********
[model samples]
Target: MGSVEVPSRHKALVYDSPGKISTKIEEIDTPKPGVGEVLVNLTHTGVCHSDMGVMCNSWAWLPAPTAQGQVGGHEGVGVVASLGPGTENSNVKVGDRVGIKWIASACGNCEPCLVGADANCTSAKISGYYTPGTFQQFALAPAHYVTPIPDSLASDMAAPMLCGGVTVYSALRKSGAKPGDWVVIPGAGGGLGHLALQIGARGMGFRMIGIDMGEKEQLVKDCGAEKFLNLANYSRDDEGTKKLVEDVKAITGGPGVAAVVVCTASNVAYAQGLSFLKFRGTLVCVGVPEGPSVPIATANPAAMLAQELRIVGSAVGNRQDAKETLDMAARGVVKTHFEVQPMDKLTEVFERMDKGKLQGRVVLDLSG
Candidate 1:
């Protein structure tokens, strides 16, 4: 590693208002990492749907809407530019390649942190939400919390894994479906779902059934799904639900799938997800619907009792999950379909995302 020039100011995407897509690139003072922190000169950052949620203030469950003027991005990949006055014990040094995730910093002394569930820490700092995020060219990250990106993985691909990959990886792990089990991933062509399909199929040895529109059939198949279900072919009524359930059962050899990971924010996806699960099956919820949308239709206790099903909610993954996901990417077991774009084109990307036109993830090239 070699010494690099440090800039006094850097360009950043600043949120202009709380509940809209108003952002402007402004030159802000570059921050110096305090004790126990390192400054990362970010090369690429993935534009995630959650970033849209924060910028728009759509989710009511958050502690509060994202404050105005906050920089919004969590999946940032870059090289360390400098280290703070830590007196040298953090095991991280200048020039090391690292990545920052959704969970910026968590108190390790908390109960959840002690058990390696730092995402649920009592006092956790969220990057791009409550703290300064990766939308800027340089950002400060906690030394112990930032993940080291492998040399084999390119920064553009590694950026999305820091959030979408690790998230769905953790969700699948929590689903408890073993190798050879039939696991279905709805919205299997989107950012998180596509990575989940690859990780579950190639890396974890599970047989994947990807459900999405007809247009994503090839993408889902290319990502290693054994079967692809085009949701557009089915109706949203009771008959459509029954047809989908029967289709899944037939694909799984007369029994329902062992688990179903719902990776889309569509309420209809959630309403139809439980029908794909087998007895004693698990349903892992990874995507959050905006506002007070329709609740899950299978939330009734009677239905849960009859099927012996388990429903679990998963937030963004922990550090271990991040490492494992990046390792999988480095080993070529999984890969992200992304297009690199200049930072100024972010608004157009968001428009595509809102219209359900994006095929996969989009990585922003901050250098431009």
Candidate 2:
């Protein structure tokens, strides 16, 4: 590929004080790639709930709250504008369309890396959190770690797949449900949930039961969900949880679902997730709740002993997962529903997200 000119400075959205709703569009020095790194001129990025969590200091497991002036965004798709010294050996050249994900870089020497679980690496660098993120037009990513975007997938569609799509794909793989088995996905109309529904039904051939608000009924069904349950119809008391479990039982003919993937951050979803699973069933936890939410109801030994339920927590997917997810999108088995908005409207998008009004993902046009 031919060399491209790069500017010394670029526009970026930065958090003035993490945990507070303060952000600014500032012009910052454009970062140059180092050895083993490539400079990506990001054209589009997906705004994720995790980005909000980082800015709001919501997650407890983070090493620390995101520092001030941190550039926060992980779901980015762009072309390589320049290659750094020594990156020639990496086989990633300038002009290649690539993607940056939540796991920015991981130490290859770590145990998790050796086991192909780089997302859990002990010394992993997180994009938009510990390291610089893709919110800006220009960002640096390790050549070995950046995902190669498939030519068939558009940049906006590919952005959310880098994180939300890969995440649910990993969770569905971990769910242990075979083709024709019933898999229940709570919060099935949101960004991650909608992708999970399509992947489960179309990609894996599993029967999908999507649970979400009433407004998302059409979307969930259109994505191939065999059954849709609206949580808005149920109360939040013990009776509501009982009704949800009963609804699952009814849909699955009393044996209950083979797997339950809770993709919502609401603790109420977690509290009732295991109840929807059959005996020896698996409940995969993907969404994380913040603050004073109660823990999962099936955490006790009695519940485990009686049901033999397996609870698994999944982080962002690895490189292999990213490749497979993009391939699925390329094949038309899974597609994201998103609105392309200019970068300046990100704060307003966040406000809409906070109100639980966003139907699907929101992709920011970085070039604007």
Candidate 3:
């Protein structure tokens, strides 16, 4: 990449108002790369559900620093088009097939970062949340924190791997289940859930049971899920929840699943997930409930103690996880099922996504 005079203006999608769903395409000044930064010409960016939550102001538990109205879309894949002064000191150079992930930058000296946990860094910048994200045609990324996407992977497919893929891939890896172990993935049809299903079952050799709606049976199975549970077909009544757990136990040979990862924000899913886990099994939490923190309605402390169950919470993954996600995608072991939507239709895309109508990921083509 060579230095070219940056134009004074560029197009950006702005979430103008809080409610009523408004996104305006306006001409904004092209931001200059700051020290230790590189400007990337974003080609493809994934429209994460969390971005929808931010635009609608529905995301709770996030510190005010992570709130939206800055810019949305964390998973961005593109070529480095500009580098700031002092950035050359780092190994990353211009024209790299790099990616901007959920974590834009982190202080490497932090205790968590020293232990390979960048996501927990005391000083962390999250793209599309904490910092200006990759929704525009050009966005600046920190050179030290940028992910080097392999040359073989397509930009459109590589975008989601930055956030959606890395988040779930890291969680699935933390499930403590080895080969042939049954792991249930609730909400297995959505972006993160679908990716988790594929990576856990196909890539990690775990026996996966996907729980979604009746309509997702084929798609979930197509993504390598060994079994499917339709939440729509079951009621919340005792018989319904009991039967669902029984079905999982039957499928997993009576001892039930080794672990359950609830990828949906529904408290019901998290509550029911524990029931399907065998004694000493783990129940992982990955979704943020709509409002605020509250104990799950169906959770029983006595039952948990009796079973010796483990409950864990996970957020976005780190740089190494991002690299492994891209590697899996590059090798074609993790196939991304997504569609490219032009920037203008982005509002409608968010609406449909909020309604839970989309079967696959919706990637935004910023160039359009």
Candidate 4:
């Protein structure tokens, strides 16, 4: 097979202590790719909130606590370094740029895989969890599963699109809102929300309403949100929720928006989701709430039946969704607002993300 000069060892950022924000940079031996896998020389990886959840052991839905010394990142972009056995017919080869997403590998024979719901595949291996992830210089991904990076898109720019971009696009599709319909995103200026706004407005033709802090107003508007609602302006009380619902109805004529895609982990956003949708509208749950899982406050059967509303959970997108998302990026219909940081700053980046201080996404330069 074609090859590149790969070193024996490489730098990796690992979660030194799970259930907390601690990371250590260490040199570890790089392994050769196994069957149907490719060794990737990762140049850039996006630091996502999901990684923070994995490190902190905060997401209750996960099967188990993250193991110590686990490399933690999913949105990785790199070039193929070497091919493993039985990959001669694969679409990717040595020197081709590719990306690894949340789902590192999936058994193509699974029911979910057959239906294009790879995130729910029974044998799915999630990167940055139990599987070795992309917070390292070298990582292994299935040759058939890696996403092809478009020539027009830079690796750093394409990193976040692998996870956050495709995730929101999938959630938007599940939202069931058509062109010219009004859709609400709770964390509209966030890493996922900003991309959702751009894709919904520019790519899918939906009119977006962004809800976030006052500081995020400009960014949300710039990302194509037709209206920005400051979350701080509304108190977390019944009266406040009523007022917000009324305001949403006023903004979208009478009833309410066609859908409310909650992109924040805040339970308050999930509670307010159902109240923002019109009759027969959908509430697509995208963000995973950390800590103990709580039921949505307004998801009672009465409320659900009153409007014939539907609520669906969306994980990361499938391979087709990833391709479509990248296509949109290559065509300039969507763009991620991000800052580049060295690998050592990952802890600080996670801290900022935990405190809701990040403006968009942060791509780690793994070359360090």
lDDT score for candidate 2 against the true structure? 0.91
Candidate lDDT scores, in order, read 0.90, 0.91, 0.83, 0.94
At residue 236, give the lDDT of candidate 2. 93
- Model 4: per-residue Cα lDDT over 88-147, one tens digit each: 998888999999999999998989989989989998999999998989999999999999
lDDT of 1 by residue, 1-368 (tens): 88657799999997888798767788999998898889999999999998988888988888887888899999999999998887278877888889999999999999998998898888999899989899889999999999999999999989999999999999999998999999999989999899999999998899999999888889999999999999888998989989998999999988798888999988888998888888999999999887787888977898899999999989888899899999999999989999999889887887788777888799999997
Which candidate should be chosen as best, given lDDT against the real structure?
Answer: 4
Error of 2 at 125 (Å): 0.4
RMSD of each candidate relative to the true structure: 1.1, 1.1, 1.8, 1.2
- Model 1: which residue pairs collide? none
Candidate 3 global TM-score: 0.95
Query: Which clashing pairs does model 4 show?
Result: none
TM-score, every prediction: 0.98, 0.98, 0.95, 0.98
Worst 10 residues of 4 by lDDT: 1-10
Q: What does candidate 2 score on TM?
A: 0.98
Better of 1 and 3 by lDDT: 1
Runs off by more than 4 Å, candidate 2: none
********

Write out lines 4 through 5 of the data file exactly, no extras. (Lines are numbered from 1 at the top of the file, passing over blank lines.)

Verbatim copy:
């Protein structure tokens, strides 16, 4: 590693208002990492749907809407530019390649942190939400919390894994479906779902059934799904639900799938997800619907009792999950379909995302 020039100011995407897509690139003072922190000169950052949620203030469950003027991005990949006055014990040094995730910093002394569930820490700092995020060219990250990106993985691909990959990886792990089990991933062509399909199929040895529109059939198949279900072919009524359930059962050899990971924010996806699960099956919820949308239709206790099903909610993954996901990417077991774009084109990307036109993830090239 070699010494690099440090800039006094850097360009950043600043949120202009709380509940809209108003952002402007402004030159802000570059921050110096305090004790126990390192400054990362970010090369690429993935534009995630959650970033849209924060910028728009759509989710009511958050502690509060994202404050105005906050920089919004969590999946940032870059090289360390400098280290703070830590007196040298953090095991991280200048020039090391690292990545920052959704969970910026968590108190390790908390109960959840002690058990390696730092995402649920009592006092956790969220990057791009409550703290300064990766939308800027340089950002400060906690030394112990930032993940080291492998040399084999390119920064553009590694950026999305820091959030979408690790998230769905953790969700699948929590689903408890073993190798050879039939696991279905709805919205299997989107950012998180596509990575989940690859990780579950190639890396974890599970047989994947990807459900999405007809247009994503090839993408889902290319990502290693054994079967692809085009949701557009089915109706949203009771008959459509029954047809989908029967289709899944037939694909799984007369029994329902062992688990179903719902990776889309569509309420209809959630309403139809439980029908794909087998007895004693698990349903892992990874995507959050905006506002007070329709609740899950299978939330009734009677239905849960009859099927012996388990429903679990998963937030963004922990550090271990991040490492494992990046390792999988480095080993070529999984890969992200992304297009690199200049930072100024972010608004157009968001428009595509809102219209359900994006095929996969989009990585922003901050250098431009």
Candidate 2: